Stack Overflow is a community of 4.7 million programmers, just like you, helping each other.

Join them; it only takes a minute:

Sign up
Join the Stack Overflow community to:
  1. Ask programming questions
  2. Answer and help your peers
  3. Get recognized for your expertise

Possible Duplicate:
What is the best way to replace or substitute if..else if..else trees in programs?

How can I avoid multiple if conditions? For example:

Public void search(String a,b,c,d,e)
String aTerm;

Now which of the single and multiple combinations of passed arguments contain "aTerm"? For example the output could be following:

1 - aTerm appears in "a" only
2 - aTerm appears in "a,c", and "e"
3 - aTerm appears in "d" and "e"

For each single or possible combination I want to call a specific function. I wrote so many if conditions but it looks bad. For example:

If(aTerm. equalsIgnoreCase(a)){ call function a();}
If(aTerm. equalsIgnoreCase(b)){ call function b();}
If(aTerm. equalsIgnoreCase(b) and aTerm. equalsIgnoreCase(b)){ call function ab();}
…………………… and so on………………………….

Is there any cleaner way to do it? Solution could be in PHP or Java.

share|improve this question

marked as duplicate by Stephen C, Michael Berkowski, t0mm13b, Blair, A--C Dec 30 '12 at 23:44

This question has been asked before and already has an answer. If those answers do not fully address your question, please ask a new question.

2  
Depends on the definition cleaner, why is this question tagged with PHP? – dbf Dec 30 '12 at 20:03
1  
why dont you use switch case ? – Arshad Dec 30 '12 at 20:03
1  
Yes, a loop and arrays. I don't see why you've tagged this question as PHP though. – Madara Uchiha Dec 30 '12 at 20:04
    
With so many different combination and methods, the whole thing - regardless of the solution - smells. Could you share with us the seminal requirement that brought you to this design decision? – Alessandro Santini Dec 30 '12 at 20:14
    
I added PHP tag because I am not restricted to Java only. – user751637 Dec 30 '12 at 20:31
up vote 1 down vote accepted

Build a string and call the method by the string's name:

// Psuedo-code
str = "";
If( aTerm.equalsIgnoreCase(a)) str += "a";
If( aTerm.equalsIgnoreCase(b)) str += "b";
If( aTerm.equalsIgnoreCase(c)) str += "c";
If( aTerm.equalsIgnoreCase(d)) str += "d";
If( aTerm.equalsIgnoreCase(e)) str += "e";
call function named by str
share|improve this answer
1  
Or use reflection .. – dbf Dec 30 '12 at 20:06
    
You might need to handle when it matches nothing. – Peter Lawrey Dec 30 '12 at 20:07
    
How about the multiple combinations? All above if conditions are for one instance. For example: aTerm in a and b and c? or aTerm in a, c, and e? etc. – user751637 Dec 30 '12 at 20:08
    
@user751637 That's what the += is for. If a and e match, then the string will be "ae" – Niet the Dark Absol Dec 30 '12 at 20:08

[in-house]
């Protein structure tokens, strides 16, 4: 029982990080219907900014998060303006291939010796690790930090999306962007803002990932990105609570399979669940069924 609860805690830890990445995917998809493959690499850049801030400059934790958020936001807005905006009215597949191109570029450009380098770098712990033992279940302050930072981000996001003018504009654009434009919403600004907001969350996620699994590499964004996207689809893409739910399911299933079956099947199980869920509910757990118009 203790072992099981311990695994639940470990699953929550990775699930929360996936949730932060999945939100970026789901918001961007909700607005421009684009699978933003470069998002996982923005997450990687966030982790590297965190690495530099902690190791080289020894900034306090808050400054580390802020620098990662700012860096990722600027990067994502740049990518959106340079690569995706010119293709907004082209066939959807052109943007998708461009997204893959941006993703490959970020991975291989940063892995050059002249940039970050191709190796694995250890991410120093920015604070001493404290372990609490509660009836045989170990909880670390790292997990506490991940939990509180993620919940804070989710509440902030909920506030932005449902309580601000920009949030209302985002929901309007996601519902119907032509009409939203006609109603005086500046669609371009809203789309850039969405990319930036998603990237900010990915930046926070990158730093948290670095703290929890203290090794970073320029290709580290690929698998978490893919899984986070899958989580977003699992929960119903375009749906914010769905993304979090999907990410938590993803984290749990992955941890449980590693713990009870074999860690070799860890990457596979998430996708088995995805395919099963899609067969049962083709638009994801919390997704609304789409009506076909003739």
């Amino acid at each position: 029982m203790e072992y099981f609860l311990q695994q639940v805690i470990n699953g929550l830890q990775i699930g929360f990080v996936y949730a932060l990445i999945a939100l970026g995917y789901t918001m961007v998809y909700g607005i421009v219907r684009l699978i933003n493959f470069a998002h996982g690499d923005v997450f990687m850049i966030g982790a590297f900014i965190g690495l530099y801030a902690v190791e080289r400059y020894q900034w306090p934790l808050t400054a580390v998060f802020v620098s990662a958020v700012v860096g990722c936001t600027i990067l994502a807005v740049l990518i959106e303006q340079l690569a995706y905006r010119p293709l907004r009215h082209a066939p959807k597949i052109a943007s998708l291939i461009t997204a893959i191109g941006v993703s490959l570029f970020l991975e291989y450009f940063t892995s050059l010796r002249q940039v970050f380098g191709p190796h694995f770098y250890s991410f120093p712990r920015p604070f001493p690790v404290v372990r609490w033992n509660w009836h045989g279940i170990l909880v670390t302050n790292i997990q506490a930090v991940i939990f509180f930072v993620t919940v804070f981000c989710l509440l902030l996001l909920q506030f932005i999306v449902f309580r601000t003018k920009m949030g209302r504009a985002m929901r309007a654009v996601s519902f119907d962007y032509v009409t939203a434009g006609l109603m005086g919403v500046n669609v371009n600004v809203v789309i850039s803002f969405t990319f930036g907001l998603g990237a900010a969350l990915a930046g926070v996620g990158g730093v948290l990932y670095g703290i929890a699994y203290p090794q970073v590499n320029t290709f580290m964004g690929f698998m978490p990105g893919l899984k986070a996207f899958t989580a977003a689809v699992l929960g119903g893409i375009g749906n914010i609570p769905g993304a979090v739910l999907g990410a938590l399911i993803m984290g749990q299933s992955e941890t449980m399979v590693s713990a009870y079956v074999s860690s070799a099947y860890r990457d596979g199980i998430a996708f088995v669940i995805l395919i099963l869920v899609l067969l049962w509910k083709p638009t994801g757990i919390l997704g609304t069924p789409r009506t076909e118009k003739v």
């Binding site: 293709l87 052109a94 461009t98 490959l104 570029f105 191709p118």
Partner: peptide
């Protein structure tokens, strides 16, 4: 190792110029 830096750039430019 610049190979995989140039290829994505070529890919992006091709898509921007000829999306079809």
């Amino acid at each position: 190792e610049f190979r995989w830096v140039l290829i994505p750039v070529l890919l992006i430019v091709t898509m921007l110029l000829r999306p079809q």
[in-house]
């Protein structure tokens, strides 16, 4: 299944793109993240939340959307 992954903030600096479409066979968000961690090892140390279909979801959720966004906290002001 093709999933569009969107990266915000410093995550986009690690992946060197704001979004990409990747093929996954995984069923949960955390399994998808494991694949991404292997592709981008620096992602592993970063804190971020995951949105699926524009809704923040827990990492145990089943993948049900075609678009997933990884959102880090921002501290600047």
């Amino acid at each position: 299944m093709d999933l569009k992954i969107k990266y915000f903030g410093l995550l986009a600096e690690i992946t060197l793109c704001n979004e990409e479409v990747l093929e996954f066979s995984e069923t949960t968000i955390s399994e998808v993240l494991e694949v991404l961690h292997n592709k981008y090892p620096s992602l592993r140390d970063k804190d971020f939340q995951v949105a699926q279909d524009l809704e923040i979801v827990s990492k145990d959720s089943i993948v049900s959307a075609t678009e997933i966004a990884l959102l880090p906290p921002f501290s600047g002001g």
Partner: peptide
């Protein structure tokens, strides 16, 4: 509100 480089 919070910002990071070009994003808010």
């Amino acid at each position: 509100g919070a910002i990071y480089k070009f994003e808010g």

Polymorphism can replace ifs/switch:

interface LogicWithMatcher {
    boolean match(String aTerm);
    void yourFunction();
}

class MatcherA implements LogicWithMatcher() {...}
class MatcherB implements LogicWithMatcher() {...}
class MatcherC implements LogicWithMatcher() {...}
class MatcherD implements LogicWithMatcher() {...}
class MatcherE implements LogicWithMatcher() {...}

If you have to match one function to a given input:

public LogicWithMatcher search(String yourString) {
    LogicWithMatcher[] logics = {new MatcherA(), new MatcherB ...}
    for (LogicWithMatcher logic : logics) {
        if (logic.match(yourString)) 
            return logic;
    return null;
}

String yourString = "....."
LogicWithMatcher logic = search(yourString);
if (logic != null) 
    logic.yourFunction();
else
    print("nothing matched");

Or if your given input may match multiple functions:

public void runFunctionsFor(String yourString) {
    LogicWithMatcher[] logics = {new MatcherA(), new MatcherB ...}
    for (LogicWithMatcher logic : logics) {
        if (logic.match(yourString)) 
            logic.yourFunction();
}

String yourString = "....."
runFunctionsFor(yourString);
share|improve this answer

I would probably do something like this:

public class YourClass {
    static Runnable[] targets = new Runnable[32];

    public void search(String a, String b, String c, String d, String e) {
        int tgt = 0;
        if(a.indexOf(aTerm) >= 0) tgt |= 1;
        if(b.indexOf(aTerm) >= 0) tgt |= 2;
        if(c.indexOf(aTerm) >= 0) tgt |= 4;
        if(d.indexOf(aTerm) >= 0) tgt |= 8;
        if(e.indexOf(aTerm) >= 0) tgt |= 16;
        targets[tgt].run();
    }
}

Then, just wrap the various functions you want to run in Runnables and store them at the appropriate indices in targets. I'm pretty sure this would perform much better than something using reflection.

share|improve this answer

Is there any cleaner way to do it?

I think that the short answer is "No".

There are various ways to code this in Java so that avoid an explicit chain of if/else statements, but the end result is typically more complicated than the original code. To my mind, "clean" code should mean that the code easy (easier) to read.

In your example, you have a fixed method signature and a fixed predicate structure. IMO, the if/else chain is the natural solution in Java.

share|improve this answer
    
I'm ignoring the PHP tag. If you want answers / solutions in multiple languages, ask multiple questions ... after first checking to see if the question has already been answered. – Stephen C Dec 30 '12 at 20:37

Not the answer you're looking for? Browse other questions tagged or ask your own question.